With a week to go until the primary, State Supreme Court Justice Pat Roggensack still has a big financial edge over her two challengers. New reports filed yesterday show that Roggensack raised over $200,000 since the start of the year – and she had $219,000 in her war-chest as of February fourth. Marquette University law professor Ed Fallone only had about a-third of that amount on hand, almost $64,000. And he raised $75,000 in the previous five weeks. Milwaukee lemon law attorney Vince Megna did not raise any money this year, and he has about $5,300 on hand. Roggensack’s money allowed her to run a campaign TV ad – and the conservative Club for Growth has also run an ad on her behalf. Roggensack is part of the Supreme Court’s four-member conservative majority, while Megna makes no bones about the fact that he’s trying to tilt the state’s highest court to the left. But the Democrats who’ve made endorsements are backing Fallone – including former U.S. Senator Russ Feingold and former House Democrat David Obey. Megna told the AP that he hates asking people for money, but he agrees it would be necessary once the primary’s over. He has the smallest number of endorsements, mostly from consumer groups. Megna has put $10,000 of his own money into the race.
The American Civil Liberties Union sued the Walker administration yesterday. The group wants the state to stop requiring permits to demonstrate at the Capitol – and to stop arresting protestors who don’t have those permits. Walker officials responded to the massive pro-union protests at the Capitol in 2011 by requiring permits for all Capitol citizen activities with four-or-more people, 72 hours in advance. The ACLU’s lawsuit mentions UW medical physics professor Michael Kissick, who said he stopped demonstrating in September for fear of arrest. In a statement, Kissick resented being quote, “treated as a criminal for speaking freely in a public forum.” But state officials say the protestors have harassed their political opponents. Stephanie Marquis of the Administration Department says Wisconsin’s policy is in line with those at other statehouses – and both state-and-federal courts have found those to be constitutional. She said Capitol Police have issued hundreds of activity permits each year regardless of the political leanings. The Solidarity Singers, which continue to protest Walker and his fellow Republicans in daily noon-time sing-alongs, refuse to obtain the permits. Some of their participants have been arrested. But a Dane County judge dropped a number of cases, saying the policy applies to organizers and not those who merely participate.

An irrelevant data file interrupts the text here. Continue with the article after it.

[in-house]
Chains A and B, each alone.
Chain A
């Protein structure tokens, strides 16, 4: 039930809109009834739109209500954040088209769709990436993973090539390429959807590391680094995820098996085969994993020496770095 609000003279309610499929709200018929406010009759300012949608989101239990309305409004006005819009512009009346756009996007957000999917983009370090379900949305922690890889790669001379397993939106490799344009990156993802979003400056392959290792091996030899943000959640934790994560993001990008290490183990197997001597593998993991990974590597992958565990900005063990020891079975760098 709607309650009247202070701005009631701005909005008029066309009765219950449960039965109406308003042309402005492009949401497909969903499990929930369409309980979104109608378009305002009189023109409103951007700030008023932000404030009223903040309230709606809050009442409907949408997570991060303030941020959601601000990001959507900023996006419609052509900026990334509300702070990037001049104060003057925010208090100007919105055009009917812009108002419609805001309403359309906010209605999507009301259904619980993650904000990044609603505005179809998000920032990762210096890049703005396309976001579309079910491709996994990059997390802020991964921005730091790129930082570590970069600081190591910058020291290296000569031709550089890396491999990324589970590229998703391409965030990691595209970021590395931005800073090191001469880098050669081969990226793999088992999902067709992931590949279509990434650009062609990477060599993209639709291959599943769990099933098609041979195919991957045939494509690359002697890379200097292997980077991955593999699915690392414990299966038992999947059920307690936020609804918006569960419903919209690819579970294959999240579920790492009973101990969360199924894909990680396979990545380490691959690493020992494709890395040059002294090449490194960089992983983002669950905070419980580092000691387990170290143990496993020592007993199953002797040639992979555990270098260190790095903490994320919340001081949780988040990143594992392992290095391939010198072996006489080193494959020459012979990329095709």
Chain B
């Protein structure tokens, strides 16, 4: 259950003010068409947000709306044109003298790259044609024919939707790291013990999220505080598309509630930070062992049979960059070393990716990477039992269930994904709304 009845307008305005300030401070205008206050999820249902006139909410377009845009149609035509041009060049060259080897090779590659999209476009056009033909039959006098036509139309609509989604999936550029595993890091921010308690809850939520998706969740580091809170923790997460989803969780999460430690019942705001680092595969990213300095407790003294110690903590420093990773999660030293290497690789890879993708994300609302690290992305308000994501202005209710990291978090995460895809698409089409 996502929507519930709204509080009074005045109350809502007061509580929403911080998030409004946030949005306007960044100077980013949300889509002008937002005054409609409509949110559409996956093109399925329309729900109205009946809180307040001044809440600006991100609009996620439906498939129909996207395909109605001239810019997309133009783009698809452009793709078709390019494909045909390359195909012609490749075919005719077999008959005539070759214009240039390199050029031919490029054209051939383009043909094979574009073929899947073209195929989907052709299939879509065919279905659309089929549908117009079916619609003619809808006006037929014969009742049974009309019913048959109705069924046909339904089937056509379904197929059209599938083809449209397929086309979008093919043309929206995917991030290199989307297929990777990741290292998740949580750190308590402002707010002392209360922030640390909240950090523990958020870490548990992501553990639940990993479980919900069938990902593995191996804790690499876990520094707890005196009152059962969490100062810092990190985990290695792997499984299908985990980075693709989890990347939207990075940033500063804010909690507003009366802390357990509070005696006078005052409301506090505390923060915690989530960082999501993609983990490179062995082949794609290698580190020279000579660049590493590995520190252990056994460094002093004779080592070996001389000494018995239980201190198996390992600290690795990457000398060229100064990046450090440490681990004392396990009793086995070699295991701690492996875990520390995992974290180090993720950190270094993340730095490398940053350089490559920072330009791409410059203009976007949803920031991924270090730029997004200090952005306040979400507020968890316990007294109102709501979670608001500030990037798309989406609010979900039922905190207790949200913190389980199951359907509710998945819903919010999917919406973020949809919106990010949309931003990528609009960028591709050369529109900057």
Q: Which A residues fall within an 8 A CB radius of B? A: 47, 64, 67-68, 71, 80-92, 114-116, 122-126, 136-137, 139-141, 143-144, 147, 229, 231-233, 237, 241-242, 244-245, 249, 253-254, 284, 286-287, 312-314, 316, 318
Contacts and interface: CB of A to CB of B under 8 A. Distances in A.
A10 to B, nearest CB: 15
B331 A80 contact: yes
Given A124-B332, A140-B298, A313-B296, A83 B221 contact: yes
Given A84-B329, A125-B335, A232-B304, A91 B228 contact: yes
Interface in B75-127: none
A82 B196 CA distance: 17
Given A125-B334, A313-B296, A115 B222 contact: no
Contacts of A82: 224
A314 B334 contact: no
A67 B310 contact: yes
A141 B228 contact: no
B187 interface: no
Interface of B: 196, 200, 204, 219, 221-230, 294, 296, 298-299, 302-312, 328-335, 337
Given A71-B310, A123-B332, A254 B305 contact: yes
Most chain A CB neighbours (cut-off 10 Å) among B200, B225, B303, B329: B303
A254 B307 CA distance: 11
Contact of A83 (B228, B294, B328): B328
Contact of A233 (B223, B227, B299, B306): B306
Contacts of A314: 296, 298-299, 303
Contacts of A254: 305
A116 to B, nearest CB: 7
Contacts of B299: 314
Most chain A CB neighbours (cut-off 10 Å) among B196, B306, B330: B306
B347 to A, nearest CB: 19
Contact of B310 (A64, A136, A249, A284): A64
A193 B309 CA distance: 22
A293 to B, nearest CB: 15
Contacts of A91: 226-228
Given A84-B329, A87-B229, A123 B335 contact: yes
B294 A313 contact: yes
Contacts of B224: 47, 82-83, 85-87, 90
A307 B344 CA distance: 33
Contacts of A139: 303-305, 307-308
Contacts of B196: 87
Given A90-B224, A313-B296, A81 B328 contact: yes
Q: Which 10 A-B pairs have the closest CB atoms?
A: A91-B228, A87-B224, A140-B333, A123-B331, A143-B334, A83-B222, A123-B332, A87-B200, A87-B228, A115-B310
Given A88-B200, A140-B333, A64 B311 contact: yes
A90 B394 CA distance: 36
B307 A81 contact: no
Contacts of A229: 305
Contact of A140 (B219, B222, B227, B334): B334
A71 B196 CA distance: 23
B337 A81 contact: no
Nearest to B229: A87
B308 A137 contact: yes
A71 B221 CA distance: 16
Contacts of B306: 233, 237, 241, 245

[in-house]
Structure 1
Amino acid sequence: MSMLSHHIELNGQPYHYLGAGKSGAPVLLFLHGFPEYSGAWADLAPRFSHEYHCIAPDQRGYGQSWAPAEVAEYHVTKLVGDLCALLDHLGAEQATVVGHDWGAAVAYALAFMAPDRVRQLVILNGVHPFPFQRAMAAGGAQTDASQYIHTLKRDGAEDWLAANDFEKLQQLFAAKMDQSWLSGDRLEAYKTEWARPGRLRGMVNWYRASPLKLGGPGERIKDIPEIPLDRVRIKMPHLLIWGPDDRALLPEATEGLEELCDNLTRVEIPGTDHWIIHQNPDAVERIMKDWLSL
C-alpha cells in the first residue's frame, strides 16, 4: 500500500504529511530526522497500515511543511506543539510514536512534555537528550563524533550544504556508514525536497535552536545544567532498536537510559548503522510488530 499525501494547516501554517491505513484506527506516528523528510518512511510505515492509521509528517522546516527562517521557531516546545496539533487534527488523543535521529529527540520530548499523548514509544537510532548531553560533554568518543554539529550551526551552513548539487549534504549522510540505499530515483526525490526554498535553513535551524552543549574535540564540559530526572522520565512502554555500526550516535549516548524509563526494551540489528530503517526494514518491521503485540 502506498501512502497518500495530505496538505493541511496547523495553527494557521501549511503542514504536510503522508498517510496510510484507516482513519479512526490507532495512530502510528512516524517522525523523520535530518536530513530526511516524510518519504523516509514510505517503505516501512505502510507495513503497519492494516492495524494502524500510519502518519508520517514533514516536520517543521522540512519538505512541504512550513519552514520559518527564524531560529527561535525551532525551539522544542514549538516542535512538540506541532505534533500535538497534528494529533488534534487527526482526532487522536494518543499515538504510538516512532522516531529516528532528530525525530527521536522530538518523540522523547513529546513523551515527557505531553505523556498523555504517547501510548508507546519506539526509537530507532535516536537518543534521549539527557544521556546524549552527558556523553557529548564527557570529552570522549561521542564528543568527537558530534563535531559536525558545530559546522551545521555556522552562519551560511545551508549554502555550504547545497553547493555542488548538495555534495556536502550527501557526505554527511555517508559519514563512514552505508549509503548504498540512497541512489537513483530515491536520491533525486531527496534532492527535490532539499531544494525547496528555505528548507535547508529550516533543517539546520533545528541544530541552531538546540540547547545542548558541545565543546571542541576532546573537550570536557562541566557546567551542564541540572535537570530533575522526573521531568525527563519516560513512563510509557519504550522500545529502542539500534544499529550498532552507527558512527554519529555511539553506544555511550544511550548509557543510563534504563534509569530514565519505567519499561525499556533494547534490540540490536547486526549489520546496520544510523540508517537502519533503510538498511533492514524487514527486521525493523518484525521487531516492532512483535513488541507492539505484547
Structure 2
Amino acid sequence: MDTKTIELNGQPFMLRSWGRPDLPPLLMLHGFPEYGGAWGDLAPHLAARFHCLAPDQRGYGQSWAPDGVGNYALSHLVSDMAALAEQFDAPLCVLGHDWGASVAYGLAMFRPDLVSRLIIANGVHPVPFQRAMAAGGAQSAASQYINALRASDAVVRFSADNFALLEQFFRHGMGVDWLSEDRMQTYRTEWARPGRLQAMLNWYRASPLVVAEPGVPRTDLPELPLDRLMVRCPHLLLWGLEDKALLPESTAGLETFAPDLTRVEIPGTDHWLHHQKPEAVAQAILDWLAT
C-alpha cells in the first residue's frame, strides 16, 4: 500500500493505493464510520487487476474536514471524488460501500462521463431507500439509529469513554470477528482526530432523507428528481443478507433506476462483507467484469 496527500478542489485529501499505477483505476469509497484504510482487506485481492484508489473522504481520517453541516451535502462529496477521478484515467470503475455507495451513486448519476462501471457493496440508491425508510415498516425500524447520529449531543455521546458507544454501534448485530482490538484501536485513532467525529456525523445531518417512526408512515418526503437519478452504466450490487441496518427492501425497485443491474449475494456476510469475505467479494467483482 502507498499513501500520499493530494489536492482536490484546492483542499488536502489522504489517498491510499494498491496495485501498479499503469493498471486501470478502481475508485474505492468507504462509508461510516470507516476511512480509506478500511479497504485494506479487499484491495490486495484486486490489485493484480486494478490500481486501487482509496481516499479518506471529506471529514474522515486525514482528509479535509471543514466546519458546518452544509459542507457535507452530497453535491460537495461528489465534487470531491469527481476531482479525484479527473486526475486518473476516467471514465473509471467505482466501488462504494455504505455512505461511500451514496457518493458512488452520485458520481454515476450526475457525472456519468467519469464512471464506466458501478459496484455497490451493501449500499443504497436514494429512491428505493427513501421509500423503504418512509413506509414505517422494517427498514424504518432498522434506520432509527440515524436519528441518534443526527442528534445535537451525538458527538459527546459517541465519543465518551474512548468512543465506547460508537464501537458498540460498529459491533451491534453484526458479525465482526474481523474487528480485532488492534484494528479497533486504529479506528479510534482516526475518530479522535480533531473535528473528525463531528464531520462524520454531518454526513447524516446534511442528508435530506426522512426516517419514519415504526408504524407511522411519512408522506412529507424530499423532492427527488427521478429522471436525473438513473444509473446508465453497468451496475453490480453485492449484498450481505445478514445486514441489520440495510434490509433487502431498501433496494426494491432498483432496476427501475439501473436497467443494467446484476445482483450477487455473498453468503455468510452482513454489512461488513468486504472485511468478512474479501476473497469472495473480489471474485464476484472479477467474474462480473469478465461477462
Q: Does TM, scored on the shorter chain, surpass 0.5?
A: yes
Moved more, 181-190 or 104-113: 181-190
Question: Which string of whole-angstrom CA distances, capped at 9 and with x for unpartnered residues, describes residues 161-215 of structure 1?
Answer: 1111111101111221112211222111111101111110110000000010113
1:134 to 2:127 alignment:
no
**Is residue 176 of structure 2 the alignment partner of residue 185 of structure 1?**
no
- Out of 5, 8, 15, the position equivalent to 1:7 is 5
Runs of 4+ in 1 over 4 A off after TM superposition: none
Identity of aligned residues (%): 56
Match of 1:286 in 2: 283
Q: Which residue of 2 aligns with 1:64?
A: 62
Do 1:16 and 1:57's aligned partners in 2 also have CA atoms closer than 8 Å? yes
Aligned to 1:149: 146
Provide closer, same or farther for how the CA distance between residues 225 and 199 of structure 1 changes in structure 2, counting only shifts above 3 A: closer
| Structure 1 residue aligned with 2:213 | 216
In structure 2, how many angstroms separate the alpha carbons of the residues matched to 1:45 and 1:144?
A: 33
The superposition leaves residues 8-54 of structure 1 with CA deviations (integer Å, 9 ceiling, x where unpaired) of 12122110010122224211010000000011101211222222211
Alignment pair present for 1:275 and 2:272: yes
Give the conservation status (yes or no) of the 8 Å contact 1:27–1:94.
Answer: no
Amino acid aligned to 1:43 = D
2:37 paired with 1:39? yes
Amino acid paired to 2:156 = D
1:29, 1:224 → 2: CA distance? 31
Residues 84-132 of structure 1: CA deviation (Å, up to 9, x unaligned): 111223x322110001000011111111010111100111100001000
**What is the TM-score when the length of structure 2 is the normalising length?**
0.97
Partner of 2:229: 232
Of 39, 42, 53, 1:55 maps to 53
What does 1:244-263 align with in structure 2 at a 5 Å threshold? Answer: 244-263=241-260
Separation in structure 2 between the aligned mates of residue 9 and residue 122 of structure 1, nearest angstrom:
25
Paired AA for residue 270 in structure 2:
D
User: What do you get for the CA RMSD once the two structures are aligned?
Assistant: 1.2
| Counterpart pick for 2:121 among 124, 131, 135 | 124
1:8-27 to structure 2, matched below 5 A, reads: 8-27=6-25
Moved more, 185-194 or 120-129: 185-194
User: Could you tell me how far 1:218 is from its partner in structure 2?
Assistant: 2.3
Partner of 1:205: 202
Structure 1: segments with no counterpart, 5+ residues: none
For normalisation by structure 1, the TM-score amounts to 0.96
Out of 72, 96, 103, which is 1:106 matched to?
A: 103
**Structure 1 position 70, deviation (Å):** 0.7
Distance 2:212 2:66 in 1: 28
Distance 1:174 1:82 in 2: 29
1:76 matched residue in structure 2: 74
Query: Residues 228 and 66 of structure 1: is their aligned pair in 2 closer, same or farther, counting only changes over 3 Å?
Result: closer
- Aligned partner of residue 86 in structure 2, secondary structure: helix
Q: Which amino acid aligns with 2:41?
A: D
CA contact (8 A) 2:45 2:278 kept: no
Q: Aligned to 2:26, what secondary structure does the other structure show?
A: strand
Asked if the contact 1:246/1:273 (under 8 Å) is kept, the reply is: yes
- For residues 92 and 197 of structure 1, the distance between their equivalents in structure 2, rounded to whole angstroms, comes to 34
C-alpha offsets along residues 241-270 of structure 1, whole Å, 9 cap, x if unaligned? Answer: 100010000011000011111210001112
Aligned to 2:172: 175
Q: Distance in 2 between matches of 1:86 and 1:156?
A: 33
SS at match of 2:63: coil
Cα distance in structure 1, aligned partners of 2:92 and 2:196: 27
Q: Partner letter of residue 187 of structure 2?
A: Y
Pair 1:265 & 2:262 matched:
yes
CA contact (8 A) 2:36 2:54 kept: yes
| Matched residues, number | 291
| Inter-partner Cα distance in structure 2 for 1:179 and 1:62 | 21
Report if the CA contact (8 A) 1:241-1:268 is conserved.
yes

Only one of every five people who donated to Governor Scott Walker’s campaign after his recall election lives in Wisconsin. That’s what the Milwaukee Journal-Sentinel found out, when it broke down the governor’s latest campaign finance report. Walker’s campaign cash flowed in from all 50 states – and more people from California and Texas donated to his campaign than did Wisconsinites. The Republican Walker is being mentioned in some circles as a candidate for either president or vice president in 2016 – although he insists he has no plans to run outside of Wisconsin. Much of Walker’s out-of-state travel last fall was in support of other G-O-P hopefuls in the November elections. The Journal Sentinel said most of the governor’s campaign donations were small, regardless of where they came from. Three of every four donations were for 50-dollars or less. There were 45-hundred total donors, and only three-percent gave 500-dollars or more. Thomas and Deanne Prochnow of Bloomington Illinois gave the most, at one-dollar below the $10,000 limit. Walker raised just over $375,000 in the last six months of 2012. He expects to run for re-election as governor next year.